Syracuse has fired Head Coach Scott Shafer after the Orange dropped its eighth straight game with its loss to N.C. State on Saturday. Syracuse now sits at 3-8 and will not go to a bowl game for the second straight year. Athletic Director Mark Coyle released a statement Monday.
“Scott has worked tirelessly to educate out students on and off the field and to build our program. However, I feel a change in leadership is needed at this time. A national search will begin immediately.”
There was some promise when Shafer took over for Doug Marrone. He coached the team to a 7-6 record, including a Texas Bowl Championship in his first season. Then it all went downhill. Last season, the Orange lost nine of their last ten and this season, at best, the Orange will lose eight of their last nine. His overall record is 13-23.
More than his record, some of his in-game decisions were downright bizarre and ill-advised. From his squib kick against Pitt, to poorly called timeouts against Florida State to going for two way too early against N.C. State, Shafer just made too many mistakes that a head coach simply cannot make.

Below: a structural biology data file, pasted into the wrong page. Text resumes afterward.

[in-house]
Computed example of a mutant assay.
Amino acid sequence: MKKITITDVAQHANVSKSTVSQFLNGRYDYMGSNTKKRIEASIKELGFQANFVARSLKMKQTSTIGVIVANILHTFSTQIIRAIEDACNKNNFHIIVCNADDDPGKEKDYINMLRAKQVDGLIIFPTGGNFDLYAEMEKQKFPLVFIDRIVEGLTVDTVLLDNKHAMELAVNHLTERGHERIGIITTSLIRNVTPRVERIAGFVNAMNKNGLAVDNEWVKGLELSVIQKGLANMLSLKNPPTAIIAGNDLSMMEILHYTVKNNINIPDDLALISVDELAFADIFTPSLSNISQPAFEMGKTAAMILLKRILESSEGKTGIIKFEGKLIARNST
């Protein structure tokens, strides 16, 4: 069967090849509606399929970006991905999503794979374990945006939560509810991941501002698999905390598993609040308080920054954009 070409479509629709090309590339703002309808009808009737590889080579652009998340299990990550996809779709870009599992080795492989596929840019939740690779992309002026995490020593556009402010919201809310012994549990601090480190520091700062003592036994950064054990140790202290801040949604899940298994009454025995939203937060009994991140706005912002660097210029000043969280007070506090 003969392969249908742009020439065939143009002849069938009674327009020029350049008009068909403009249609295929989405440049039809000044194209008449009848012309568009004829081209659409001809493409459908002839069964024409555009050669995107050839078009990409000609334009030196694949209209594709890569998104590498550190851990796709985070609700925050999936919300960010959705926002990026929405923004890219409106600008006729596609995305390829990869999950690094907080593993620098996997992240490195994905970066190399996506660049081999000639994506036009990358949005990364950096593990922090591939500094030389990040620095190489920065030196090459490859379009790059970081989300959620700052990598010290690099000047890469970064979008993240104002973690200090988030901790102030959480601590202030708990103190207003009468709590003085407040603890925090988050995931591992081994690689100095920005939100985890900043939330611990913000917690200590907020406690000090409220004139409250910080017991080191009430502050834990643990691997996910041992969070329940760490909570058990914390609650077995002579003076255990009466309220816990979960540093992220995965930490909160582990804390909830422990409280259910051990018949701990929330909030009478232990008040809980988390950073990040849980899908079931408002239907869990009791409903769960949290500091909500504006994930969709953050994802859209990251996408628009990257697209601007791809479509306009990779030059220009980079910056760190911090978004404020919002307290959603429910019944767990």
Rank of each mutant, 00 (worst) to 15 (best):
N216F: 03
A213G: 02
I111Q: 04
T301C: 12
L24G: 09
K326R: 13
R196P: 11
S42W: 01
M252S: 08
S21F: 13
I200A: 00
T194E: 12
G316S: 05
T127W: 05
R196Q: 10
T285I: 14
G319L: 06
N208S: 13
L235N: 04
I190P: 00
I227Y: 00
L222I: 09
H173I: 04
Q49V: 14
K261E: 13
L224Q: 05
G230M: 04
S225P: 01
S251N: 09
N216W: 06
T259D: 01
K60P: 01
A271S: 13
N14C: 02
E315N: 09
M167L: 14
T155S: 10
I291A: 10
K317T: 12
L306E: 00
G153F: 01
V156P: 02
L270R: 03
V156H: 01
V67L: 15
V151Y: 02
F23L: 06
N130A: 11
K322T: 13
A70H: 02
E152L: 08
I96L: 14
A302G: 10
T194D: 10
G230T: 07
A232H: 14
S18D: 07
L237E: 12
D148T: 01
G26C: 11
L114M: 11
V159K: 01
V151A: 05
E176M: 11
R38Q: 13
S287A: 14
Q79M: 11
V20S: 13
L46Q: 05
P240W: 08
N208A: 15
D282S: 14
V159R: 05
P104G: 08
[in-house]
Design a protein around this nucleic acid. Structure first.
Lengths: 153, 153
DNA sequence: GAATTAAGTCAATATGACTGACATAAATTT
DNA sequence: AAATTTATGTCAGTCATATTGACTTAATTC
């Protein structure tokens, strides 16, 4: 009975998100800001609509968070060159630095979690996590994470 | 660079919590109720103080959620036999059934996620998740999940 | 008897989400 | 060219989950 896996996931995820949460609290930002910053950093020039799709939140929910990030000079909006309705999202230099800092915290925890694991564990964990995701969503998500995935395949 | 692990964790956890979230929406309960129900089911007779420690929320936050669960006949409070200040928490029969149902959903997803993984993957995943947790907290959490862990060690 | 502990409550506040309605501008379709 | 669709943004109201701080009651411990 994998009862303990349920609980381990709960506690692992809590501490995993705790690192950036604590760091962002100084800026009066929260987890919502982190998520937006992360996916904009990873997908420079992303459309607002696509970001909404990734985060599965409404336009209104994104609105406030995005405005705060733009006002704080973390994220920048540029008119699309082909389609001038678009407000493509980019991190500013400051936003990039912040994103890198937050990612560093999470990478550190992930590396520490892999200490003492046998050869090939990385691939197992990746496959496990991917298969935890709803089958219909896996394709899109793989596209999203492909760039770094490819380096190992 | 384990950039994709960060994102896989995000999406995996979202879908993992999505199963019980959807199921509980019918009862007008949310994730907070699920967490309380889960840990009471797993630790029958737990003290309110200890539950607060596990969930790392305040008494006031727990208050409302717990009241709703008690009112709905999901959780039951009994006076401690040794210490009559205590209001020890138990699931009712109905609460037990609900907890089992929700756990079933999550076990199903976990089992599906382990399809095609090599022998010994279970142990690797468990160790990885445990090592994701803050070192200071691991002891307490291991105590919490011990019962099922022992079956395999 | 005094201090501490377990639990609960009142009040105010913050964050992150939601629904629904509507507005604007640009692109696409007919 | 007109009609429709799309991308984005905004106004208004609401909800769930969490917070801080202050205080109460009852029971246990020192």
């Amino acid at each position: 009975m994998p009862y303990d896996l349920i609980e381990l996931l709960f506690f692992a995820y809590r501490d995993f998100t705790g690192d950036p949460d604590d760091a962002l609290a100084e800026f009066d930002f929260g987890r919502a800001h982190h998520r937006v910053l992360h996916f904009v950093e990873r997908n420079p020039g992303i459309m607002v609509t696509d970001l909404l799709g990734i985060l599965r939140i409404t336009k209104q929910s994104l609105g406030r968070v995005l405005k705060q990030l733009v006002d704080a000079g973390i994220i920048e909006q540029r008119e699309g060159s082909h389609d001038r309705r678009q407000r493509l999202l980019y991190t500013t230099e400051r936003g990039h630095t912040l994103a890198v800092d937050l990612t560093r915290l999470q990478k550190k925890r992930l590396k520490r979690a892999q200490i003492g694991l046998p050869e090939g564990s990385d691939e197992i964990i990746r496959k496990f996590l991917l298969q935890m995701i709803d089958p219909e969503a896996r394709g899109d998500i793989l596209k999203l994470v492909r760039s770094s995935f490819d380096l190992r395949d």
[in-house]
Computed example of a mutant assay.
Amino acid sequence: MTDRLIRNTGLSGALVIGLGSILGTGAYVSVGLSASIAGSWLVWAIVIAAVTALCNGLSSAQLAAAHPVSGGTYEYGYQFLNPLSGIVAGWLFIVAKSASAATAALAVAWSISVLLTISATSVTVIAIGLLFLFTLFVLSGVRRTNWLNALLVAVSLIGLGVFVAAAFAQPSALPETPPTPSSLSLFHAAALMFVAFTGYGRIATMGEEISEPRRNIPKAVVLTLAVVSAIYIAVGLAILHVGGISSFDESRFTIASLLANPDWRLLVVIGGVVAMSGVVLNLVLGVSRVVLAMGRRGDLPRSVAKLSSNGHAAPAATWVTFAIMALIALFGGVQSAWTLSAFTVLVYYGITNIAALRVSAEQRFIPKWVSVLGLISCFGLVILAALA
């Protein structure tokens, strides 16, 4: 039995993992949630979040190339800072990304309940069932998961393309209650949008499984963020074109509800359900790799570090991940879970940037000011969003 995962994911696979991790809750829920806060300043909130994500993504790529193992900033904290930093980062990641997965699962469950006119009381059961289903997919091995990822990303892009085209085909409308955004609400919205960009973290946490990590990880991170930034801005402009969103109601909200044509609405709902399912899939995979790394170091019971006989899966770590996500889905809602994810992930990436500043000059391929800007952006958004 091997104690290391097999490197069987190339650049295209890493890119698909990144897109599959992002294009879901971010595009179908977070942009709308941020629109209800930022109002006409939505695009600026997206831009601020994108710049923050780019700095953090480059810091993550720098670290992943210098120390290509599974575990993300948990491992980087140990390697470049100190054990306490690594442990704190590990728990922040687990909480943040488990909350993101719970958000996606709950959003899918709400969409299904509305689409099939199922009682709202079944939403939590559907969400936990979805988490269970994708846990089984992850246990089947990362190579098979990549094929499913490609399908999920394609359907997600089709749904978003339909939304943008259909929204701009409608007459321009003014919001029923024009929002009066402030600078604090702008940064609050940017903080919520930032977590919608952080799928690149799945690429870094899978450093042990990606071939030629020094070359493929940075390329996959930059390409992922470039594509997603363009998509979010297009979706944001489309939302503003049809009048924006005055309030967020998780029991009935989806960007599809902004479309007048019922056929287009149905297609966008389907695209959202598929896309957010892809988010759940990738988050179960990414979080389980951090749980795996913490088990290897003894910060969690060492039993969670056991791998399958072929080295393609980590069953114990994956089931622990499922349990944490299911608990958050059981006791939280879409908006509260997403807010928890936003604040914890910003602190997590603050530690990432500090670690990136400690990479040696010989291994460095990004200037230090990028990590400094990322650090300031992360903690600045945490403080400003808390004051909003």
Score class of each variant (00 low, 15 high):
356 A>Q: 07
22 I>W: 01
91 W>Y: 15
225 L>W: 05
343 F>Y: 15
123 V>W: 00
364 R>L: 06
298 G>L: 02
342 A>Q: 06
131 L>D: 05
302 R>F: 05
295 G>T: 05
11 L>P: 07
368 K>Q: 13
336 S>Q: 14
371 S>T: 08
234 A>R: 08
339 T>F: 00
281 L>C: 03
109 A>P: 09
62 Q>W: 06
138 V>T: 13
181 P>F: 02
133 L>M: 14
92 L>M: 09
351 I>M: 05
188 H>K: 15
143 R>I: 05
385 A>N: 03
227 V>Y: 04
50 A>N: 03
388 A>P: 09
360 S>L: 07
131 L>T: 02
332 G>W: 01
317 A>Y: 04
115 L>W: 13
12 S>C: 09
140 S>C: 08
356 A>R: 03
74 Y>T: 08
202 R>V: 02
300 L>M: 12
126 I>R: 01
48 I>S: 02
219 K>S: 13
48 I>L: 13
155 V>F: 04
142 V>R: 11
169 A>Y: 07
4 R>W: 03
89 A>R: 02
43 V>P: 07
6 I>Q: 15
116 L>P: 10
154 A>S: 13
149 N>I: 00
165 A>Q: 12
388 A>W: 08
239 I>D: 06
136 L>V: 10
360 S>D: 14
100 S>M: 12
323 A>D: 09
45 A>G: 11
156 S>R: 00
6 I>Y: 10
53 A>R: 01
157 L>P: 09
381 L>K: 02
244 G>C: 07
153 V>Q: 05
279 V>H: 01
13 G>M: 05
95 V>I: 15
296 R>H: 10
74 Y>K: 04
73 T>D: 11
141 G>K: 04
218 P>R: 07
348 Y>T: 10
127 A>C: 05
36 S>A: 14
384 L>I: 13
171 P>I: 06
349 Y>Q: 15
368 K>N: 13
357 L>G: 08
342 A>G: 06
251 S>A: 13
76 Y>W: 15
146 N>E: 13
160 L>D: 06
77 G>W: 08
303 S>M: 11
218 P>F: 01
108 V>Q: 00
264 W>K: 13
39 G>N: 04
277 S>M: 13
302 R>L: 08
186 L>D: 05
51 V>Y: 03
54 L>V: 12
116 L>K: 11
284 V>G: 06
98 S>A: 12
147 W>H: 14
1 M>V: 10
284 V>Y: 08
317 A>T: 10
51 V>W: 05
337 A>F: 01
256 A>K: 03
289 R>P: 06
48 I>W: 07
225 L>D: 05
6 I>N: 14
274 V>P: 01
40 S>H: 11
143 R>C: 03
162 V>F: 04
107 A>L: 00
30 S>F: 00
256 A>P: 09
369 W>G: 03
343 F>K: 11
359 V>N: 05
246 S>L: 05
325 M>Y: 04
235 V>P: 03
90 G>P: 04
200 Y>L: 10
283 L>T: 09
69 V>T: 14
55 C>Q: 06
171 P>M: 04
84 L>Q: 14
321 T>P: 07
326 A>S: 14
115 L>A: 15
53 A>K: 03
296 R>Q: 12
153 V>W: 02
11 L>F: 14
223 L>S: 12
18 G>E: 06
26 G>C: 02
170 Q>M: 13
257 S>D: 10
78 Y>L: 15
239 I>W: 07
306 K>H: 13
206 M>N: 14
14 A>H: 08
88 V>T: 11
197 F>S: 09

The decision to fire him now as opposed to after the Boston College game is an interesting one. Shafer will still coach on Saturday but it will be his “farewell game”, his senior day. When it comes down to it, it really didn’t matter whether Coyle fired him today or in a week.
The strongest argument for keeping Shafer was that the had not had the chance to implement his players, the guys that he recruited. There has been some promise from the guys that Shafer recruited, particularly on offense. Eric Dungey, Jordan Fredericks and Dontae Strickland have all shown glimpses of tremendous ability.
However, when the pros and cons of Shafer are weighed, I still find it hard to argue that he should have kept his job for another year. He had one last chance to salvage his job. If Syracuse could have pulled off the road win against N.C. State and still had a chance to make a bowl at 5-7, maybe Coyle would have given him another year.
Now, Syracuse is staring another 3-9 season (this one with possibly nine straight loses) in the face and Coyle had little choice but to relieve Shafer. It is sure to be an interesting off-season for Syracuse football. There is no one obvious candidate to replace Shafer and Coyle has his work cut out for him finding a coach who can turn this Syracuse football program around.